Understanding Pathological Liars: The Case of Donald Trump
Tuesday, April 18, 2018
Understanding Pathological Liars:
The Case of Donald Trump
Years before studying clinical psychology ever entered my mind, I heard the phrase “pathological liar.” I bet it goes all the way back to elementary school. I’m sure you heard the word, too. I never understood it that well, even after my clinical training.
Now, to my combined delight and horror, our dear leader provides an excellent, perhaps even exquisite, example of the phenomenon.
What is pathological lying?
Technically, and also known as pseudologia fantastica and mythomania, pathological lying refers to the repeated behavior of habitually, compulsively lying. Anton Delbrueck, a physician, first described it in a scholarly article in 1891. It has been defined as “falsification entirely disproportionate to any discernible end in view, may be extensive and very complicated, and may manifest over a period of years or even a lifetime.”
What an amazingly accurate description of Donald Trump’s lies!
These days, pathological lying is considered a symptom of psychopathy, meaning anti-social or criminal personality types, or of various personality disorders, like histrionic or narcissistic ones.
Having studied psychology and psychoanalysis for nearly 40 years, I can proclaim, with confidence, that Donald Trump offers the absolute best example of pathological lying.
PLEASE WATCH HIM LIE, AND LEARN.
According to the Washington Post, Trump lied some 1,628 times during his first 298 days in office. He lies an average of NINE times per day.
In fairness, all presidents lie at times. Franklyn Roosevelt kept the details of D-day secret for months; Barack Obama lied about the killing and burial of Osama bin Laden.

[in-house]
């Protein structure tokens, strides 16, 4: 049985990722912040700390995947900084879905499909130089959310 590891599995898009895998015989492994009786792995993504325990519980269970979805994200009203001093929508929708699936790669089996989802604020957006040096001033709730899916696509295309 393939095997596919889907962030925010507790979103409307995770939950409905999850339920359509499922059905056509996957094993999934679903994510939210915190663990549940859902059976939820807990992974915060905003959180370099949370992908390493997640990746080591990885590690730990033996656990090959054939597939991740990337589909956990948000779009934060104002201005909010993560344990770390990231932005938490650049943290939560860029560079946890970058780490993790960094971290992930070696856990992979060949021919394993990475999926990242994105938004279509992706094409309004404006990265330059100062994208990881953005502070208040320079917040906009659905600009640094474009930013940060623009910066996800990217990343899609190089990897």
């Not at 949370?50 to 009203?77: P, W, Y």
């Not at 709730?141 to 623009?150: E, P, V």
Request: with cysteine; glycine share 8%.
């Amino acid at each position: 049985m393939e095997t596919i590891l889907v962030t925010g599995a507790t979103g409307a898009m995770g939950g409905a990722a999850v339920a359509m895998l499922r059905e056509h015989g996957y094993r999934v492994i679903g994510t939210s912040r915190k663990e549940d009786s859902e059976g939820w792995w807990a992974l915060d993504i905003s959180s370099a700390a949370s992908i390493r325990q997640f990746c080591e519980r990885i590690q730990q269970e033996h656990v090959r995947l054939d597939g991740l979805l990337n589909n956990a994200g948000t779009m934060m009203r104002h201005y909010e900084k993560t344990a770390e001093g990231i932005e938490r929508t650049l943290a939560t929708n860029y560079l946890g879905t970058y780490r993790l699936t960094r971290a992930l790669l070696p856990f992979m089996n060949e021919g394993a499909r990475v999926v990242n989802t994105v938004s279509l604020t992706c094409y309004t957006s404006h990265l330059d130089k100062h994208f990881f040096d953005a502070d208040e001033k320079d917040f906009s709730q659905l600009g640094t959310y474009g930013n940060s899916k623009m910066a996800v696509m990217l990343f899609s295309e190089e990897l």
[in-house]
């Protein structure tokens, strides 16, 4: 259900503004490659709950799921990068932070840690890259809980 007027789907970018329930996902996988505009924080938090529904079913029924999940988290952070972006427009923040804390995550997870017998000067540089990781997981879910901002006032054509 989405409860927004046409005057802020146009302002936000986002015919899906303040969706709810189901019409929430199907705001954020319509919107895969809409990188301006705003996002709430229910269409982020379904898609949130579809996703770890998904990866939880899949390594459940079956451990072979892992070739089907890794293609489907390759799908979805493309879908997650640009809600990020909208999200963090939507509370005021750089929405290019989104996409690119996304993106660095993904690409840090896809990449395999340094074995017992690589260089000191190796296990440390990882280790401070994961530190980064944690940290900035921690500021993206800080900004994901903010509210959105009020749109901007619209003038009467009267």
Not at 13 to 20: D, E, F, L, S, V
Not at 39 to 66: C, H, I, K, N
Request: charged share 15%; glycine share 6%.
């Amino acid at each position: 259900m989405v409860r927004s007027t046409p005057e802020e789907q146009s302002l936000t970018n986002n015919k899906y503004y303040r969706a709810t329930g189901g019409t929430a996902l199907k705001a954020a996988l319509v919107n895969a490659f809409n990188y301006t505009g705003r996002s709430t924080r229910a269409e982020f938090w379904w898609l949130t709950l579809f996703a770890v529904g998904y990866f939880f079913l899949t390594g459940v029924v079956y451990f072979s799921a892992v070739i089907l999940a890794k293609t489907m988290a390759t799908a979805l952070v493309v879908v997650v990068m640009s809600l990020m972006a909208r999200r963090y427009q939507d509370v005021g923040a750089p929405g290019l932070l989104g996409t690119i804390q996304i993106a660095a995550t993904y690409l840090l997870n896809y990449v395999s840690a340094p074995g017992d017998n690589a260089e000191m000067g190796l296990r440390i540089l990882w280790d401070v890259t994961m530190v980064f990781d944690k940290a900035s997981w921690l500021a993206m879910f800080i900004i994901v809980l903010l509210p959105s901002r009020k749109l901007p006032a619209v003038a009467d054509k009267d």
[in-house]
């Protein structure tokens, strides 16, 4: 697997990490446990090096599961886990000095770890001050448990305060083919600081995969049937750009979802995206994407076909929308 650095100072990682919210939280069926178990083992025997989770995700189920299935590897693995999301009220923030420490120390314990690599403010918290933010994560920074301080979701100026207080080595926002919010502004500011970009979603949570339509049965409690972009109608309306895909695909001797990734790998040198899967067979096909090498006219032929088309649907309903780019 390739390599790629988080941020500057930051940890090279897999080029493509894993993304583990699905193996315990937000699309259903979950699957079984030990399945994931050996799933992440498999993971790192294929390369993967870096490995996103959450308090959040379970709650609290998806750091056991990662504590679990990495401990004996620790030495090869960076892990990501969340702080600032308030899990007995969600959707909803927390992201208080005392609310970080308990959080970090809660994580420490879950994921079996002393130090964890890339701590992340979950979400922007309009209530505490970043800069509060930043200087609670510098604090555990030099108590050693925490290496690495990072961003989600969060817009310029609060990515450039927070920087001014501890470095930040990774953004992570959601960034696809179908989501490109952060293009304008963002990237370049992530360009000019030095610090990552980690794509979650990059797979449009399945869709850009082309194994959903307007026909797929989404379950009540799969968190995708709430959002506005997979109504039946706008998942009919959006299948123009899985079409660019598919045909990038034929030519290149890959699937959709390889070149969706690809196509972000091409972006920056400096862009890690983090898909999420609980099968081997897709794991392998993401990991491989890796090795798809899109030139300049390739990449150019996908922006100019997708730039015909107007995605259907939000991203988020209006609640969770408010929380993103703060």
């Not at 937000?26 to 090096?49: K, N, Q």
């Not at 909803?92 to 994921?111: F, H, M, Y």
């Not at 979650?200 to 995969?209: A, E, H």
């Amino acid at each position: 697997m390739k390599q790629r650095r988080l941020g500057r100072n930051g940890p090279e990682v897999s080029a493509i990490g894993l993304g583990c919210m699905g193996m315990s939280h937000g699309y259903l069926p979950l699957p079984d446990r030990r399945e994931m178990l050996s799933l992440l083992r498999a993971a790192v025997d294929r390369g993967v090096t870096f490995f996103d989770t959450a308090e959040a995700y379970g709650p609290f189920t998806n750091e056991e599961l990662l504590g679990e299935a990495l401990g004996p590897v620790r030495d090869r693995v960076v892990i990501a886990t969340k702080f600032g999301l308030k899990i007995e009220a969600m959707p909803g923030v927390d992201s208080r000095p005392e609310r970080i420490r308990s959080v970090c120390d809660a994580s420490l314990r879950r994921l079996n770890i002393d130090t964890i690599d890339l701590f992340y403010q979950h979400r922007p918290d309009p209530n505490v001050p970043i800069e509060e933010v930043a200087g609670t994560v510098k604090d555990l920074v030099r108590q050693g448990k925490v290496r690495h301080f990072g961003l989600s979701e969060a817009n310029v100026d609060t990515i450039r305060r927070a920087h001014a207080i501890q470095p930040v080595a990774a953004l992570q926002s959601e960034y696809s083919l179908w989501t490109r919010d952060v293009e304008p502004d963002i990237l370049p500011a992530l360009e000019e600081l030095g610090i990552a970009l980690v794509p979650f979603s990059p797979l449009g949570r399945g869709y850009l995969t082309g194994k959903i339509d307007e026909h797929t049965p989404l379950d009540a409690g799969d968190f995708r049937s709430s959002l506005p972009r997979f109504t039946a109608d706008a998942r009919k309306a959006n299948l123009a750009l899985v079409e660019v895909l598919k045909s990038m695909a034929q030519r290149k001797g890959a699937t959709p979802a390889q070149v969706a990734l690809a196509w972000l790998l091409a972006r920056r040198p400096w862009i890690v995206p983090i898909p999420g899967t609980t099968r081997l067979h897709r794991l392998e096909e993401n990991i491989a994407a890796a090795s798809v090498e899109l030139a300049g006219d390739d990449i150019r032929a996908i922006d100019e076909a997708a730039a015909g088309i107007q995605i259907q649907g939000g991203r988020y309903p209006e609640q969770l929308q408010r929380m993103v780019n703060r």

Notice, however, how these lies have a logic to them. These leaders lied out of consideration for the well-being of American citizens, or, arguably, for the benefit of people around the world.
Roosevelt’s lie saved millions of lives and contributed to the liberation of Europe from the Nazi’s. Obama’s lie delayed an understandable outrage from Muslim Americans, and from Muslims around the world, had they learned how the killing actually occurred. These untruths would not be considered pathological.
Because these lies, while known falsehoods, were delivered in the interest of the greater good.
And, let’s face it, we all lie. Why would I tell my wife about a 20-year-old barista I happened to find attractive?
Why tell a friend you have grown to dislike him when you can just as easily not return his phone calls or otherwise passively communicate your disinterest?
But pathological lying is an entirely different kind of beast.
As the definition above suggests, pathological lying is habitual, even compulsive. It has no particular motivation. Some people lie, apparently just for the hell of it, and apparently all the time.
Analysis of Trump’s lies, while validating the presence of clear pathological lying, actually reveals a consistent, disturbing motivation: